Network Setup

All our machines are on a subnet of 192.168.5.x. The gateway machine, which is named capone, has two network cards. Do an ifconfig to see how it's set up (this may not be in your path... try whereis ifconfig or locate ifconfig first). This also protects our local machines, and allows us to have really cheesy root passwords without worrying about someone cracking into them.

Basic Commands


In case you don't know already, eXecute permission on a directory means you can change to it. chmod can be used with letters (a+x for all (who) can execute (what)), or numbers. Give it a 3 digit octal number, where the first number signifies the owner, the second the group, and the third everyone else. Each number is 0-7, depending on whether you want r,w, and/or x. To get a number, start with 0. Add 4 for read permission, 2 for write, and 1 for execute. Thurs, rwx is 7, r-x is 5, and r-- is 4. Try and see if --x (1) makes sense... can you execute a file you can't read?


With regard to redirecting stdout and stderr, this is often helpful to pause long displays from make, where stuff often gets written to stderr, and thus cannot be paginated with less (or more, or most, alternative pagers). Also, if you want a command to be silent, try sending it to /dev/null (the big bit in the sky, aka, bit heaven/hell). command 2>&1 > /dev/null will be completely silent, whereas command > /dev/null will only silence the messages printed to stdout.

When redirecting, note the following.
Symbol  If output existsIf output doesn't exist
|Output to a file (must exist)N/A
>Overwrite a fileCreate a file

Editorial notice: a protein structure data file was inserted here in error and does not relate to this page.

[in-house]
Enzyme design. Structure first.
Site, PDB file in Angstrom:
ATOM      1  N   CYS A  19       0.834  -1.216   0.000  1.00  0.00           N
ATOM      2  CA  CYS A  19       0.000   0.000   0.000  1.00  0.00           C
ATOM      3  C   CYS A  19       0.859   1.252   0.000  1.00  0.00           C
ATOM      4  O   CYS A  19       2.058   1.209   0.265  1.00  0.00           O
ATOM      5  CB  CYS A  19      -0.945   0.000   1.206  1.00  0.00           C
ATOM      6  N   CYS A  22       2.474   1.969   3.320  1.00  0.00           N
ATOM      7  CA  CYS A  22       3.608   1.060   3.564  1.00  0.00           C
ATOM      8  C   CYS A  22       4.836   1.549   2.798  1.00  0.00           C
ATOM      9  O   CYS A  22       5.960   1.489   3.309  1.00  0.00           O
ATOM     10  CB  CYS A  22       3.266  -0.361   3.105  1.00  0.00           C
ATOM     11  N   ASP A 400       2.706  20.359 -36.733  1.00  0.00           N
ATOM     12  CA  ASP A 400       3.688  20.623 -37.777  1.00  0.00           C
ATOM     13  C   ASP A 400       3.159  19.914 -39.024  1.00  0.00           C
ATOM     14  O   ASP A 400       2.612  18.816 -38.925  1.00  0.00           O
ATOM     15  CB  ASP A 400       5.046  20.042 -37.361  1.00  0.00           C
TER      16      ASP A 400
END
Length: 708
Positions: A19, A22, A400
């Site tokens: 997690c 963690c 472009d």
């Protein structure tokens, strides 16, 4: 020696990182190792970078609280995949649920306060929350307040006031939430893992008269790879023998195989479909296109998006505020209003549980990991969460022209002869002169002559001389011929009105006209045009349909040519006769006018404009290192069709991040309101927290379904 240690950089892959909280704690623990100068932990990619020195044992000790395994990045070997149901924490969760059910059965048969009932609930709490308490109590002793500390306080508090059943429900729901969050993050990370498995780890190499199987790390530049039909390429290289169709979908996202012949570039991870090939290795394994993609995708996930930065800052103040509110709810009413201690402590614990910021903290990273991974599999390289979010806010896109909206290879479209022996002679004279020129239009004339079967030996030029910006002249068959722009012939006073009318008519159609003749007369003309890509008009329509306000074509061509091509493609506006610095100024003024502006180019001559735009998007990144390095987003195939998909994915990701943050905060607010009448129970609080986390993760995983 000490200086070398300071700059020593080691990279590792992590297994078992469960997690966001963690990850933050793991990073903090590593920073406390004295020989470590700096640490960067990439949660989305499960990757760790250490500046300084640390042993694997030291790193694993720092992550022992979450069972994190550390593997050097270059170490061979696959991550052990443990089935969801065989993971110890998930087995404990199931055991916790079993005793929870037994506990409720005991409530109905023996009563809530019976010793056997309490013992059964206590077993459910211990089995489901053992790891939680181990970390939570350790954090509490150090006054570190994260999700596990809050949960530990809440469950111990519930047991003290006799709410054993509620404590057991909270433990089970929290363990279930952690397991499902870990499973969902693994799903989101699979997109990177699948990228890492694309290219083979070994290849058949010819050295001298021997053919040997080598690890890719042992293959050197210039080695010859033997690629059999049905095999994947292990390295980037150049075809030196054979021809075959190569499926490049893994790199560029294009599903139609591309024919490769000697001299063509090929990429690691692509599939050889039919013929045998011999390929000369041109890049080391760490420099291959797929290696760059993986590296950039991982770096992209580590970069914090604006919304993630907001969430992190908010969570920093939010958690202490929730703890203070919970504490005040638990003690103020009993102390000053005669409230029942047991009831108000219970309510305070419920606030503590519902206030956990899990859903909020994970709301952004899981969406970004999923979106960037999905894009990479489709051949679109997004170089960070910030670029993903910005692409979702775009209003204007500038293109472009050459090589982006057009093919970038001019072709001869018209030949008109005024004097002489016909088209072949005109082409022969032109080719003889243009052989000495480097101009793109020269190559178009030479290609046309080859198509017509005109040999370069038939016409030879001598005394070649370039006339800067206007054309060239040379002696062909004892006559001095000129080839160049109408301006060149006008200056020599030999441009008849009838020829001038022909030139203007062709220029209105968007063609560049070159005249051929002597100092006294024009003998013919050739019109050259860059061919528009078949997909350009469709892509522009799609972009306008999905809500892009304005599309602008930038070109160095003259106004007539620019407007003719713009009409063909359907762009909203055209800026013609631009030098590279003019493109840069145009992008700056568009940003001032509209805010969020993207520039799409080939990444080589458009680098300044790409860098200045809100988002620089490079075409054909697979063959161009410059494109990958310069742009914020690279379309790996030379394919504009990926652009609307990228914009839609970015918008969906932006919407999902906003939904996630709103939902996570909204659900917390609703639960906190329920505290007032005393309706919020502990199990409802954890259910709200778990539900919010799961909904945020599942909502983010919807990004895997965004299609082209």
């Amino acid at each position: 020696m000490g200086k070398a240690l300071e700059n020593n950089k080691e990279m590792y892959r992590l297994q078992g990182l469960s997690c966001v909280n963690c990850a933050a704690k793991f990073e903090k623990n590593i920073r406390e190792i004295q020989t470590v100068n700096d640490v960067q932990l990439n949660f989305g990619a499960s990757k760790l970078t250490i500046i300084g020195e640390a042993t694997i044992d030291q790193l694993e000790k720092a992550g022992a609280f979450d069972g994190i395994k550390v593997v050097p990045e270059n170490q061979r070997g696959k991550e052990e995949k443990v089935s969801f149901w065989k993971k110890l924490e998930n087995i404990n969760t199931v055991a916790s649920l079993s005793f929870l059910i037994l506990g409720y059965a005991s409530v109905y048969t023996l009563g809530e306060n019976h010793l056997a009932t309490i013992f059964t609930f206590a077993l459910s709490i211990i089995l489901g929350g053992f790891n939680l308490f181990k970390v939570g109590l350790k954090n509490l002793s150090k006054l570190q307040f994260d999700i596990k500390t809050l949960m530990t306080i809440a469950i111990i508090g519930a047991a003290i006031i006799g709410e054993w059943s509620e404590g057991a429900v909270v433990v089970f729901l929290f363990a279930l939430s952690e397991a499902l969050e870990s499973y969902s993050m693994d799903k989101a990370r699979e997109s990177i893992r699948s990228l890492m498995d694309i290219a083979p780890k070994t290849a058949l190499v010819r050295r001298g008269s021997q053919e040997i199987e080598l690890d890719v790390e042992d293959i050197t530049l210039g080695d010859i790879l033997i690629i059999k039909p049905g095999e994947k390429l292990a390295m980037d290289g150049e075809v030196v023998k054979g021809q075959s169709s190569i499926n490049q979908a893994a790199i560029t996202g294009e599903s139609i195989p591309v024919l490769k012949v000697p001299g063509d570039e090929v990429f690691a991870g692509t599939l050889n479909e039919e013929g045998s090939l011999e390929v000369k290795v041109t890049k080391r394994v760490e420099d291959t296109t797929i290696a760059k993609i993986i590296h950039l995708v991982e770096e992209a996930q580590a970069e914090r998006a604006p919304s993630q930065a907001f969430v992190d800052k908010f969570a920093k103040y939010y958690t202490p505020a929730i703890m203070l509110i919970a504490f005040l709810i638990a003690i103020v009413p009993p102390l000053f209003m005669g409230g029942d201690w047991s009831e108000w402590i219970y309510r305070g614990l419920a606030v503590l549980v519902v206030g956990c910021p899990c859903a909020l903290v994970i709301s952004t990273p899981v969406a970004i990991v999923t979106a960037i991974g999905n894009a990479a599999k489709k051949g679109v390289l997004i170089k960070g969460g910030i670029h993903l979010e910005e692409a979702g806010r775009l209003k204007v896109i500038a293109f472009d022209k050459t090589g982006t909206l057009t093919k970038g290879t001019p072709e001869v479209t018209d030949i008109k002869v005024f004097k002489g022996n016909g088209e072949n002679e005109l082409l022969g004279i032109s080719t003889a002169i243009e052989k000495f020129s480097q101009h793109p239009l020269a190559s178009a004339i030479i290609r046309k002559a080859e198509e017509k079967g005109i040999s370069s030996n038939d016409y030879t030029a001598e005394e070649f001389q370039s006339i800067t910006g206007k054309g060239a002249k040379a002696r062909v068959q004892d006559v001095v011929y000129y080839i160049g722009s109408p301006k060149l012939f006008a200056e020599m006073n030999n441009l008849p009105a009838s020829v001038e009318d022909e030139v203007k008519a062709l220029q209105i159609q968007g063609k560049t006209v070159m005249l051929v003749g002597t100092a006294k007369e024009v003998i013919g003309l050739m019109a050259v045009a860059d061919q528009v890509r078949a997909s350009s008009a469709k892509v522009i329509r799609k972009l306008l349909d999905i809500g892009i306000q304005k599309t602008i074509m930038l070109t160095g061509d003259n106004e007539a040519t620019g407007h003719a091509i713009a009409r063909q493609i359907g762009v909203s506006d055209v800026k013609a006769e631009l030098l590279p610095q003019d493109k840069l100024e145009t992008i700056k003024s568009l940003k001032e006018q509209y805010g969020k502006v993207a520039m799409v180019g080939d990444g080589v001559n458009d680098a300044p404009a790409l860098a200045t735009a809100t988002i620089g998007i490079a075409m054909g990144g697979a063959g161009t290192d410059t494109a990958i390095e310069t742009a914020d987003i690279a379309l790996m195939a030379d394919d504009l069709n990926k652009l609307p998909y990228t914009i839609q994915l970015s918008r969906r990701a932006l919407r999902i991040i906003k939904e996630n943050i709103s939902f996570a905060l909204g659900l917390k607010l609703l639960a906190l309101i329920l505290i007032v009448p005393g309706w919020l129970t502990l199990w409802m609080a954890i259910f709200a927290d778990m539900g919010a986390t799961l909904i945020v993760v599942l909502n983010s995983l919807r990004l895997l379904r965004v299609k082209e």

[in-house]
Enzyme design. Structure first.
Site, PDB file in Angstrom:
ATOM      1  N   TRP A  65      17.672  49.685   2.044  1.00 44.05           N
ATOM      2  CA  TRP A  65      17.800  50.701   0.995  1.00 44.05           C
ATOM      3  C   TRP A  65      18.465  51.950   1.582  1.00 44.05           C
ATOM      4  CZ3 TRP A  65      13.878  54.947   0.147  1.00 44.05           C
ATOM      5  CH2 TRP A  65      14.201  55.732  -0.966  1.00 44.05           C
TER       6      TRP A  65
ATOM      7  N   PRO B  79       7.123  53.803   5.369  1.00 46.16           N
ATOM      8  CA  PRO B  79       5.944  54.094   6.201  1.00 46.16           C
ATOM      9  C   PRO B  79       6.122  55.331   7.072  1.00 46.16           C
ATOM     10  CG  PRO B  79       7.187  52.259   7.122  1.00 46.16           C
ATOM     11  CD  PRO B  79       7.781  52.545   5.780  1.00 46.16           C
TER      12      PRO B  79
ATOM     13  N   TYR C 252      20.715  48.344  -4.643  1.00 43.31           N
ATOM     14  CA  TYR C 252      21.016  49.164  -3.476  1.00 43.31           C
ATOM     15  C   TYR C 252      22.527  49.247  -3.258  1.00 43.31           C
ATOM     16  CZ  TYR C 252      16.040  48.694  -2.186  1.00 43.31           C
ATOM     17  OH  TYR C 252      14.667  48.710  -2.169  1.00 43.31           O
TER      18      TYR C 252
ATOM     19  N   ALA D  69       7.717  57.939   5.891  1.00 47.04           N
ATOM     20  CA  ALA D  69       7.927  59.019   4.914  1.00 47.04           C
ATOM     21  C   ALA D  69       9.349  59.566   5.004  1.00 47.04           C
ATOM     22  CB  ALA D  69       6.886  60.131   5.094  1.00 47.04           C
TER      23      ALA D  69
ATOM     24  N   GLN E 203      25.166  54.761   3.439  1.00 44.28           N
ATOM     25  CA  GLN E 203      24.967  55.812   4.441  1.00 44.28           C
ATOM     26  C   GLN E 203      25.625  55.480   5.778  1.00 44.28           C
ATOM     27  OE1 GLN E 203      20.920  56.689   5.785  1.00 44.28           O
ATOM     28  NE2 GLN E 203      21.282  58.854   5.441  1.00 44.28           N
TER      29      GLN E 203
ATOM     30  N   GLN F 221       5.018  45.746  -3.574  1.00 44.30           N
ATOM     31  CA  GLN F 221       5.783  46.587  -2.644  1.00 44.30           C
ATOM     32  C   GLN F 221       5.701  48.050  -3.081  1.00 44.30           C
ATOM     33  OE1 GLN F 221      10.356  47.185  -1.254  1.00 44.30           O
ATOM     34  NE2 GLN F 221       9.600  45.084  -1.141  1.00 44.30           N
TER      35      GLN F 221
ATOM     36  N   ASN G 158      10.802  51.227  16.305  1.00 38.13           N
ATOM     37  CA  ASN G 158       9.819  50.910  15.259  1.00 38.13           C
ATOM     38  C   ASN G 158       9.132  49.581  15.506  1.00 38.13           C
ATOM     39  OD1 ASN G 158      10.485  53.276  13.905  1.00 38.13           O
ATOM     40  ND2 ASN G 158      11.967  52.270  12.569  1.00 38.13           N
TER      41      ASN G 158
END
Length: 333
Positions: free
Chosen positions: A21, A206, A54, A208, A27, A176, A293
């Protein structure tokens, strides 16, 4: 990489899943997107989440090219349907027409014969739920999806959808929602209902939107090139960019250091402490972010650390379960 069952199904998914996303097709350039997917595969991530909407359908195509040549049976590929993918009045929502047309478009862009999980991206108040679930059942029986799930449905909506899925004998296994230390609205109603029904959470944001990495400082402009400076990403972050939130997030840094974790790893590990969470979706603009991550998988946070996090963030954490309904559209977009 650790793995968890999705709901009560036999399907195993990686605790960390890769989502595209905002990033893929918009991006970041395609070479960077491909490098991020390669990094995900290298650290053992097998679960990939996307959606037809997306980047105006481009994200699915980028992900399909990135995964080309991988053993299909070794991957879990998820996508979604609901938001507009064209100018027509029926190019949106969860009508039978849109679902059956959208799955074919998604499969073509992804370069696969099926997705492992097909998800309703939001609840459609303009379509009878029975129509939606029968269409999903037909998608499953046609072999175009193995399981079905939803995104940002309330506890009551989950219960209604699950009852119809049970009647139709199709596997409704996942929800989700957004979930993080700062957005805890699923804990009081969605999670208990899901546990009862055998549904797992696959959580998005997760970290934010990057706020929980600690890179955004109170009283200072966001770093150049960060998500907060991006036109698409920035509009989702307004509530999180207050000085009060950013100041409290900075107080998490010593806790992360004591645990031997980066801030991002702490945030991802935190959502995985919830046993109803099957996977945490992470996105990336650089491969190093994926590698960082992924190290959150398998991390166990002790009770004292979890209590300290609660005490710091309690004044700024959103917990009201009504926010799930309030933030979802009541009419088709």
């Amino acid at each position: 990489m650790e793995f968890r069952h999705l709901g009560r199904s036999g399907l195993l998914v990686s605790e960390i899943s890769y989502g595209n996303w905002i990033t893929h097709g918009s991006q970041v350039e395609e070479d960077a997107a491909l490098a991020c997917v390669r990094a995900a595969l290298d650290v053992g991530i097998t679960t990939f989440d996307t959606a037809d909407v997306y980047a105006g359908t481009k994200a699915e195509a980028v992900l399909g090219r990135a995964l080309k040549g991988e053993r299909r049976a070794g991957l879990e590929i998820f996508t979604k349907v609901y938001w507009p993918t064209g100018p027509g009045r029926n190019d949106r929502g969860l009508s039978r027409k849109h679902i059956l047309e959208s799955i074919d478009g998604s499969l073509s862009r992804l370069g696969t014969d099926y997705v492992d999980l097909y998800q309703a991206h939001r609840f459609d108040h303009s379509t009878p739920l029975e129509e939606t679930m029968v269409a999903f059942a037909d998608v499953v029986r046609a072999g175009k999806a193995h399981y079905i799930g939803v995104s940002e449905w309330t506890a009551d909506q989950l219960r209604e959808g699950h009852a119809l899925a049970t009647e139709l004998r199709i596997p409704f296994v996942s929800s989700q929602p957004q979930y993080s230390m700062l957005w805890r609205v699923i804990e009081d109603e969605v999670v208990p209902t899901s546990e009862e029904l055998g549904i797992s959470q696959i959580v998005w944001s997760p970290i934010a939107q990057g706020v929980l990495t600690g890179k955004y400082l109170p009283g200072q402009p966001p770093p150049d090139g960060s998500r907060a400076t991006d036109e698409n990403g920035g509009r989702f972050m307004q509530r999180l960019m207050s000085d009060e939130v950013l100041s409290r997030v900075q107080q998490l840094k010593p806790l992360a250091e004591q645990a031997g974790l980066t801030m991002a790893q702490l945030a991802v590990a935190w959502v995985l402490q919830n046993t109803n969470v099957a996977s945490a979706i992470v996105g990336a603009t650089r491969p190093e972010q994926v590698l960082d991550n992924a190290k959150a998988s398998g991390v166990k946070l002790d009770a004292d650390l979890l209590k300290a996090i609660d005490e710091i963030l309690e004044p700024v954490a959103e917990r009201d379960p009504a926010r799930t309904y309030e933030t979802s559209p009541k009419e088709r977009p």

>>Append to a fileCreate a file

Searching with Grep

grep is an interesting tool. It's one of the most useful tools... it searches for a given string. Couple of examples:
grep test * # searches for the string "test" in all files in the current 
grep test -r * # searches for the string "test" in all files in the current directory and below (recursive)
grep 'te.t' * # matches test, tent, and anything with te, a character, then another t. Look up regular expressions to learn more
grep test < filename # searches in "filename" Note that for one file, you have to redirect it in.
ls -l | grep test # searches for files with test in the name (could be done using find, as well).
grep -i # case insensitive
grep -v # searches for files (lines) NOT containing the given string.

Disk Partitions


Disk partitioning in linux works a bit differently than in windows. In linux, you partition each drive into multiple partitions, which are then mounted at various points. Each physical hard drive has an entry in /dev/, which is either hdXX for IDE drivers, or sdXX for SCSI's. The first X is a letter from a - something, depending on where it is connected to the motherboard. The primary master is a, the primary slave is b, the secondary master is c, etc. The second X is the partition number. For example, the 3rd partition on the primary slave drive is hdb3.

Mounting, and Common Directories

One file system must contain the root filesystem, aka, be mounted as slash. On many of our machines, that's hda2. (To see the mount points, type mount, or type df). Then, other partitions can be mounted at various points. For example, on most of these machines, hda1 is mounted on /boot. Note that there needs to be a directory called /boot on / in order to mount something there.

Common directories to put on their own partition are /boot, /usr, /home, /var, and /tmp. Boot often gets it's own, tiny, partition, to aid it keeping booting compatible (many older boards could only boot from the first 1024 clusters). /usr is where the majority of executables reside, and needs a good chunk of space. /home is where most home directories are kept, and should be saved during system upgrades, and backed up frequently. /var is often seperated to prevent runaway logs (or mail spools, in /var/mail or /var/spool/mail from filling the entire system). Finally, a lot of people keep /tmp seperate, both to limit temp file size, and for security reasons. That reasoning goes as follows. Users have to be able to write to /tmp, but an admin might be wary of a user compiling a malicious program and leaving it in /tmp to be run by an unsuspecting victem. They will therefore mark /tmp as noexec, meaning nothing can be executed from within /tmp.

Special Directories

lost+found exists in the root directory of every partition. To see how a hard drive is partitioned, look at the output of df.
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